“Oh. You’re back,” I said in disappointment. He was asleep, or he wasn’t in the mood to talk to me, because he didn’t answer. I glared at him as I got up, stretched, and picked up my basket from the floor beside the couch.
It was time to brave the outdoors.
It’s usually a good idea to go outside at night, so it was fortuitous I’d slept so late. Armed with my basket, I opened the bottom half of the Dutch door, and marched outside of my tree house.
Nothing, or I should say no one, greeted me when I closed the Dutch door behind me and stepped across the moss bed that covered the ground. I kept an eye out for any movement in the pond, but it was still and quiet.
“Excuse me, miss,” a voice said timidly. I rolled my eyes and sighed loudly enough to wake up Alfrigg all the way in the house.
“Go away,” I threw out to where the voice had come from. It was a little red frog with black stripes. I remembered him. He was a cobbler that had refused to sell me some pretty shoes because he said he’d made them for his true love, whom he hadn’t even met yet. Stupid true love. That’s for believing in fantasies, hoppy. And for not selling me pretty shoes.
“Unless you’re asking me where to find carrots that aren’t in my garden, I suggest you get to hopping,” I told him with a flip of my hair. I continued walking, making it clear to the frog that I’d use my shoe on him if he got too close, and made my way to my garden.
All of the frogs, as well as the normal animals that lived nearby, knew better than to mess with my garden. It had a spell on it now, after so many stupid horses munching on it, so that if anyone except me ate from it, they got the worst stomach ache known to man.
I plucked several things from the patch before turning to go back home. Standing at the edge of the pond was a dashing young prince. He stooped low to take a drink from my pond. The populous of frogs eyed him hopefully, and although they could speak, they knew better than to talk to him in case it made me mad. Which it would.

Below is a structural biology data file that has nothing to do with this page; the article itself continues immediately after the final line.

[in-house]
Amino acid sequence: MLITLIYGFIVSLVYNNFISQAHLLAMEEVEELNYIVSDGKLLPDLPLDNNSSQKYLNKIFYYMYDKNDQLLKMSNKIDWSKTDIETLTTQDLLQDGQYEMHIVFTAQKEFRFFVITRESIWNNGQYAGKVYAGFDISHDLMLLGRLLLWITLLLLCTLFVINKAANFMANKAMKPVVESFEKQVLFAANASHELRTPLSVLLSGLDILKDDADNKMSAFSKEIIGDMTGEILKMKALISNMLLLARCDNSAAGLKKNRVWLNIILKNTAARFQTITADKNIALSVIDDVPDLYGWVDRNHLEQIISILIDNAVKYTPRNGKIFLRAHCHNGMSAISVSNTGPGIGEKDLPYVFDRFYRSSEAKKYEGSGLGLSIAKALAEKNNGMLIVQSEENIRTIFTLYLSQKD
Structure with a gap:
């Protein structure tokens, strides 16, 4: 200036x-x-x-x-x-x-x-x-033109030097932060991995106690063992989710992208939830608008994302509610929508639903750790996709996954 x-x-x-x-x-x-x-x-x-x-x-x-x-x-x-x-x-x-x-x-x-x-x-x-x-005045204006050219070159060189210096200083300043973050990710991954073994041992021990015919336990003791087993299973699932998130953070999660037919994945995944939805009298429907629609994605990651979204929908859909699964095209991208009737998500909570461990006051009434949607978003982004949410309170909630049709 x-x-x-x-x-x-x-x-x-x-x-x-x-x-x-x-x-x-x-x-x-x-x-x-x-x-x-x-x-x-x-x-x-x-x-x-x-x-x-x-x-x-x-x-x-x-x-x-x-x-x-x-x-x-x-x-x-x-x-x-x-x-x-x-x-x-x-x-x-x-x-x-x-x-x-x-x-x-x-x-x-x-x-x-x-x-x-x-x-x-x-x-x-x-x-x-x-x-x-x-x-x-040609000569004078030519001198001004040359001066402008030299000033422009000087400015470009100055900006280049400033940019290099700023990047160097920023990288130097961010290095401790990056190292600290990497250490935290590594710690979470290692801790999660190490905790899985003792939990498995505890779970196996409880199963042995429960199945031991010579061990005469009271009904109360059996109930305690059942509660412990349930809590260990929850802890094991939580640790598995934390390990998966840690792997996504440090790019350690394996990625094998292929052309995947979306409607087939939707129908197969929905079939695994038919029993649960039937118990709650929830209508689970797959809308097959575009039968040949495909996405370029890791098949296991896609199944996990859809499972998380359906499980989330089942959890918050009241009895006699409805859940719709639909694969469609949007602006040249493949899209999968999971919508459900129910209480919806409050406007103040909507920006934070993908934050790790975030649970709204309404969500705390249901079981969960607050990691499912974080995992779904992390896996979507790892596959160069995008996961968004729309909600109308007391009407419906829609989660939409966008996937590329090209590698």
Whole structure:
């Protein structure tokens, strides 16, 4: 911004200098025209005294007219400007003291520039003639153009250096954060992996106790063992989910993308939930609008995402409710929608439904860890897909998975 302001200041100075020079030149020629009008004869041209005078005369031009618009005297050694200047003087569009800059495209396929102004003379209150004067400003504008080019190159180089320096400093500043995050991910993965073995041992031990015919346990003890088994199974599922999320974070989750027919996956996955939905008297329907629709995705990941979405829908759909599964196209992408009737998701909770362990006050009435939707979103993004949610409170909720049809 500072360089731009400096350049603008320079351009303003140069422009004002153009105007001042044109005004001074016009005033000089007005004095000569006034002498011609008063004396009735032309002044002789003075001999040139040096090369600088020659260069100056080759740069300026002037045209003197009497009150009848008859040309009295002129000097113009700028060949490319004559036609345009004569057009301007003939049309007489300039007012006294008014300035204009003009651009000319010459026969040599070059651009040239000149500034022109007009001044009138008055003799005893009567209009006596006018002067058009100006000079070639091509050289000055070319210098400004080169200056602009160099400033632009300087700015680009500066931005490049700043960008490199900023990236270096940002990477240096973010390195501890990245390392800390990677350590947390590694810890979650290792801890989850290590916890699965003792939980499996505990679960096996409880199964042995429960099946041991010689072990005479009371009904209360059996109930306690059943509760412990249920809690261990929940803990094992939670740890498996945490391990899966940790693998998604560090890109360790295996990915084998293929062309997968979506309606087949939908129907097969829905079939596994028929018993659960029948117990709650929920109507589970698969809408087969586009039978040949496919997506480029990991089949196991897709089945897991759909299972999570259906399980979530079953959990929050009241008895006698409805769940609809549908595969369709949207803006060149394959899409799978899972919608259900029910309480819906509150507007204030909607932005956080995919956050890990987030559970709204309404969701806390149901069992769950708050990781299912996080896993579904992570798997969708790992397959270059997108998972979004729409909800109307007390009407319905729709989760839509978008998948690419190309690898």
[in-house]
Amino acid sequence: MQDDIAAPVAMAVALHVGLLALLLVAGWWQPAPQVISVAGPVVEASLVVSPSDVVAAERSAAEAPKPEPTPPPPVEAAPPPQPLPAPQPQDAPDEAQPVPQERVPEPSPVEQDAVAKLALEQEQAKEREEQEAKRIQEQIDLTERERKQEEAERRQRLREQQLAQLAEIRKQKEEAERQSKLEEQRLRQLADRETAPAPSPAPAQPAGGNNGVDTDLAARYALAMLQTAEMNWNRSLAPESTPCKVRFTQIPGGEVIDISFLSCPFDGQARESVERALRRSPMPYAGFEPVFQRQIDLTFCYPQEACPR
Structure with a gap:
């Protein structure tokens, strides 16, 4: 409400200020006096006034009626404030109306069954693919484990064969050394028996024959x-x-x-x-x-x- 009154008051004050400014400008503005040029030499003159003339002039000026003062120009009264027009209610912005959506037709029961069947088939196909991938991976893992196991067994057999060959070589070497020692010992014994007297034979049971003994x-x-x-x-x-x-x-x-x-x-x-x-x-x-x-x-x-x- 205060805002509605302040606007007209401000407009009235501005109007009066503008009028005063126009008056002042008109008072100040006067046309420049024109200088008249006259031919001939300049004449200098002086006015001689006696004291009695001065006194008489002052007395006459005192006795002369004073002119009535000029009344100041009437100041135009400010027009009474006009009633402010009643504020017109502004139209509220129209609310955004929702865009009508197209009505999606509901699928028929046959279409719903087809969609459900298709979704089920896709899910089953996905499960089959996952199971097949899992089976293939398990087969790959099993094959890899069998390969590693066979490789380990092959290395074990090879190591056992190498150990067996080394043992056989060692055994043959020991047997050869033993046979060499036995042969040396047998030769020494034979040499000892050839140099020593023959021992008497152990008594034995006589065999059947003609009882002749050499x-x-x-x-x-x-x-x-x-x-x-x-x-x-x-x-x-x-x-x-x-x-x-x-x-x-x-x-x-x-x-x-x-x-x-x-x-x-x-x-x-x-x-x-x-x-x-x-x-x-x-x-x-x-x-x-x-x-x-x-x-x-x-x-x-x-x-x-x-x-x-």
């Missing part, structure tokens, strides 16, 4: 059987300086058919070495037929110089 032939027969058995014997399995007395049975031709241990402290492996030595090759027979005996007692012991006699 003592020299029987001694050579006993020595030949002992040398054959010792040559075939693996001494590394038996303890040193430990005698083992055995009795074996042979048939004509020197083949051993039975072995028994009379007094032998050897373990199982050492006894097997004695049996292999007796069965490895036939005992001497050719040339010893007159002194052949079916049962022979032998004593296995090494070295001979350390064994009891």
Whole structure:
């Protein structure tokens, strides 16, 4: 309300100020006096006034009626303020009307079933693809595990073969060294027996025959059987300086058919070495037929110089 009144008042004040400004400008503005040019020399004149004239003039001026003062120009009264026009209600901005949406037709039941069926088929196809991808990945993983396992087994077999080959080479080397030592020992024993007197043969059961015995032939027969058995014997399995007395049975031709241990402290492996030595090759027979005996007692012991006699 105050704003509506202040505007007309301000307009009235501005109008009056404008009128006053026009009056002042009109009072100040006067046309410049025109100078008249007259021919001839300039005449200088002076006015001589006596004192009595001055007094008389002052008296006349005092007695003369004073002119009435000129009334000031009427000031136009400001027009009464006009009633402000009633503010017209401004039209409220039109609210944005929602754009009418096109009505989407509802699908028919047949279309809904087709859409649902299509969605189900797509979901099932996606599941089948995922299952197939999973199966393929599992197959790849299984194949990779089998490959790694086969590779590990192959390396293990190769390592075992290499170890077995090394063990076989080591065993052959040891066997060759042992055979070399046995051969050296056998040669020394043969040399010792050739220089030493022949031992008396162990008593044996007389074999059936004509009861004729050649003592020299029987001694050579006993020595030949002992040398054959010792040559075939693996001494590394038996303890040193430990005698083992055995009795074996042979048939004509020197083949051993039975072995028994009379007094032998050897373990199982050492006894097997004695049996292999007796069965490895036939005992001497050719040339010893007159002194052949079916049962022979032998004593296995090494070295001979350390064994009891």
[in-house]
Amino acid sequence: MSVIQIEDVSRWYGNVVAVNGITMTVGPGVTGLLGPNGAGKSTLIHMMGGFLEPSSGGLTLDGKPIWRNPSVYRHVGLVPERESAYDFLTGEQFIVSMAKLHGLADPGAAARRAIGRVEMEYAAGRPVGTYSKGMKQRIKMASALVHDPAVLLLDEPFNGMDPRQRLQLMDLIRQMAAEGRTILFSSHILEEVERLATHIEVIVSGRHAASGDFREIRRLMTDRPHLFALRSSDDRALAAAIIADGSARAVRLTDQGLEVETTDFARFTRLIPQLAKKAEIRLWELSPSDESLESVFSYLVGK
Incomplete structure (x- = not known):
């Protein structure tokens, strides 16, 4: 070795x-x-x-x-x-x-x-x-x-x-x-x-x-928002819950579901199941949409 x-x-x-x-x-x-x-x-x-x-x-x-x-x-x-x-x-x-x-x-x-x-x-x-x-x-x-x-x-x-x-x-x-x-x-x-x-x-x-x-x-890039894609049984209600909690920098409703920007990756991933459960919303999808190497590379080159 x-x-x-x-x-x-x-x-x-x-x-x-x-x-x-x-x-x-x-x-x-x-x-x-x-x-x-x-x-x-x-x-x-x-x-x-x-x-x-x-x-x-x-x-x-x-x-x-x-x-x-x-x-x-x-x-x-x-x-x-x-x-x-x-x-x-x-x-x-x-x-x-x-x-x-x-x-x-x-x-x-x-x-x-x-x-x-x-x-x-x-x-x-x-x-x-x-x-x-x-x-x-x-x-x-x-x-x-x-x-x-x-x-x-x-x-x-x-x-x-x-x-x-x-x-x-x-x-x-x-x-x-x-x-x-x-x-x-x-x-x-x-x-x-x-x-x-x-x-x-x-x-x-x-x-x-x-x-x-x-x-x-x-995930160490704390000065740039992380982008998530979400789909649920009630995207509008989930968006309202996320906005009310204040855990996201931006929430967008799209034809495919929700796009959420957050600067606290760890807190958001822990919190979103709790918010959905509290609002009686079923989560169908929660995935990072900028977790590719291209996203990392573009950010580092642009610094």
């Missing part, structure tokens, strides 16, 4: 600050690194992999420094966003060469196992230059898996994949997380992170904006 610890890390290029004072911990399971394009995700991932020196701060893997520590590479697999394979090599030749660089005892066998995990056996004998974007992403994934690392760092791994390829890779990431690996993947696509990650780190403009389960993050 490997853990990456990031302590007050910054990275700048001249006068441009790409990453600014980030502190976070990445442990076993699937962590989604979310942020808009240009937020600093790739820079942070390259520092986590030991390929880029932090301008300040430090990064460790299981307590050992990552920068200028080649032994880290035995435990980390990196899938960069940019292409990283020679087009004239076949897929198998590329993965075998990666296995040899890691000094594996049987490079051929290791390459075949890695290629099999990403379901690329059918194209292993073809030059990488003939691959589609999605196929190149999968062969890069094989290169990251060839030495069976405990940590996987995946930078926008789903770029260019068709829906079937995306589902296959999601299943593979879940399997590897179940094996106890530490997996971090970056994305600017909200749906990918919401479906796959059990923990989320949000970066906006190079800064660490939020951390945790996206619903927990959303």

The prince looked up after his drink and noticed me standing with my full basket on the other side of the pond. He brightened and stood up.
“Good evening, fair maiden,” he said with a dazzling smile.
That’s how it always started. I did look mostly human, since I didn’t have wings anymore.
“Hello,” I quipped. I walked closer to him, and saw his horse grazing nearby, safely far away from my garden. It made me less grumpy.
“Is this your home, my beautiful princess?” he asked me, also stepping closer. HIS princess? Ugh. Princes were so pretentious. But he was right. I was beautiful. Not that it mattered.
Fireflies danced around the pond, illuminating his handsome face. I saw that he had beautiful curls underneath his coronet. Curls the color of sunflowers.
“Yes,” I told him with a smile. “I built it myself. With magic.” I didn’t mind bragging. I liked my house a lot. Maybe he could appreciate that. I hoped.
“Magic?” he said in confusion. “But only witches and fairies can do magic.”
“Yes,” I confirmed. “I’m a fairy.” Anything I’d had growing inside me at that moment, and I’d never call it hope, was about to burst.
He looked even more confused. “You’re a fairy? You have no wings.”
I waved my hand at him. “Long story. Would you like to come inside?”
His face lost the glow it had when he thought I was a princess. “If you’re a fairy, then please. Help me find my true love.”
I sighed, only slightly disappointed, and set my basket down. “Why should I,” I demanded, crossing my arms over my chest.
He held his hands out in front of him to beseech me. “I must find my true love, and only a fairy can help me.”
I rolled my eyes. “Did you try, you know, looking? That seems to work for some people.” Or he could stop ignoring women who weren’t princesses.
He stepped closer to me, and I didn’t like the determined glint growing in his eyes. His smile had zero warmth now. “You will help me.”
“As awesome as that sounds, imma have to pass.” I cleared my throat and held out my hands to summon my magical fairy power. “If ye be so inclined, as to obey this spell of mine. Not a cat, nor bird, nor dog, but you shall be a slimy frog.”
Where there once was a stupid prince, there now sat a stupid frog, croaking and looking up at me with those same haughty eyes.
“What have you done to me?” he shrieked with his new vocal cords. I stooped to pick him up and threw him as hard as I could into the pond, making a giant splash.
I cupped my hands over my mouth so he could hear me after he surfaced in the water. “I hear the grasshoppers taste the best!” I wiggled my fingers at him in a sarcastic wave.
His horse was still grazing, so I approached it and gave it a smack on the rump. It bucked and ran away into the forest. Good riddance.